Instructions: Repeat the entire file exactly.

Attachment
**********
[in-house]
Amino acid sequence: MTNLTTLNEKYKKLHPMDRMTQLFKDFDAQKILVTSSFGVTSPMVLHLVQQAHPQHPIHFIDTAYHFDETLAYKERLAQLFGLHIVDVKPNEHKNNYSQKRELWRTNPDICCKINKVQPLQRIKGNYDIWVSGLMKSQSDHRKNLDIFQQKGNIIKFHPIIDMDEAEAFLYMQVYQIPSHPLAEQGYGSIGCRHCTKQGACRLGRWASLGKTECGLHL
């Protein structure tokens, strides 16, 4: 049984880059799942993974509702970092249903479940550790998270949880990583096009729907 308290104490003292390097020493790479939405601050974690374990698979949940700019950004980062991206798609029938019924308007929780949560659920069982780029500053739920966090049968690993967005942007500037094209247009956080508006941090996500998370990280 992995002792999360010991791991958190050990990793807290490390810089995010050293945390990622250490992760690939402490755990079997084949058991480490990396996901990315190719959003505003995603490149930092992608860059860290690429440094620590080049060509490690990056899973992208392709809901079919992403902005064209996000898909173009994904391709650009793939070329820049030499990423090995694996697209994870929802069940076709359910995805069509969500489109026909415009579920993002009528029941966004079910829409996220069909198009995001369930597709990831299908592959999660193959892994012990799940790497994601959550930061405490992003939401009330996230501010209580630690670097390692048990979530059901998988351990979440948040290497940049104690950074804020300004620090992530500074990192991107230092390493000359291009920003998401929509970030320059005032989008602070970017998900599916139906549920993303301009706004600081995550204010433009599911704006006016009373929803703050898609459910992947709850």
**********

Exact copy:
[in-house]
Amino acid sequence: MTNLTTLNEKYKKLHPMDRMTQLFKDFDAQKILVTSSFGVTSPMVLHLVQQAHPQHPIHFIDTAYHFDETLAYKERLAQLFGLHIVDVKPNEHKNNYSQKRELWRTNPDICCKINKVQPLQRIKGNYDIWVSGLMKSQSDHRKNLDIFQQKGNIIKFHPIIDMDEAEAFLYMQVYQIPSHPLAEQGYGSIGCRHCTKQGACRLGRWASLGKTECGLHL
């Protein structure tokens, strides 16, 4: 049984880059799942993974509702970092249903479940550790998270949880990583096009729907 308290104490003292390097020493790479939405601050974690374990698979949940700019950004980062991206798609029938019924308007929780949560659920069982780029500053739920966090049968690993967005942007500037094209247009956080508006941090996500998370990280 992995002792999360010991791991958190050990990793807290490390810089995010050293945390990622250490992760690939402490755990079997084949058991480490990396996901990315190719959003505003995603490149930092992608860059860290690429440094620590080049060509490690990056899973992208392709809901079919992403902005064209996000898909173009994904391709650009793939070329820049030499990423090995694996697209994870929802069940076709359910995805069509969500489109026909415009579920993002009528029941966004079910829409996220069909198009995001369930597709990831299908592959999660193959892994012990799940790497994601959550930061405490992003939401009330996230501010209580630690670097390692048990979530059901998988351990979440948040290497940049104690950074804020300004620090992530500074990192991107230092390493000359291009920003998401929509970030320059005032989008602070970017998900599916139906549920993303301009706004600081995550204010433009599911704006006016009373929803703050898609459910992947709850």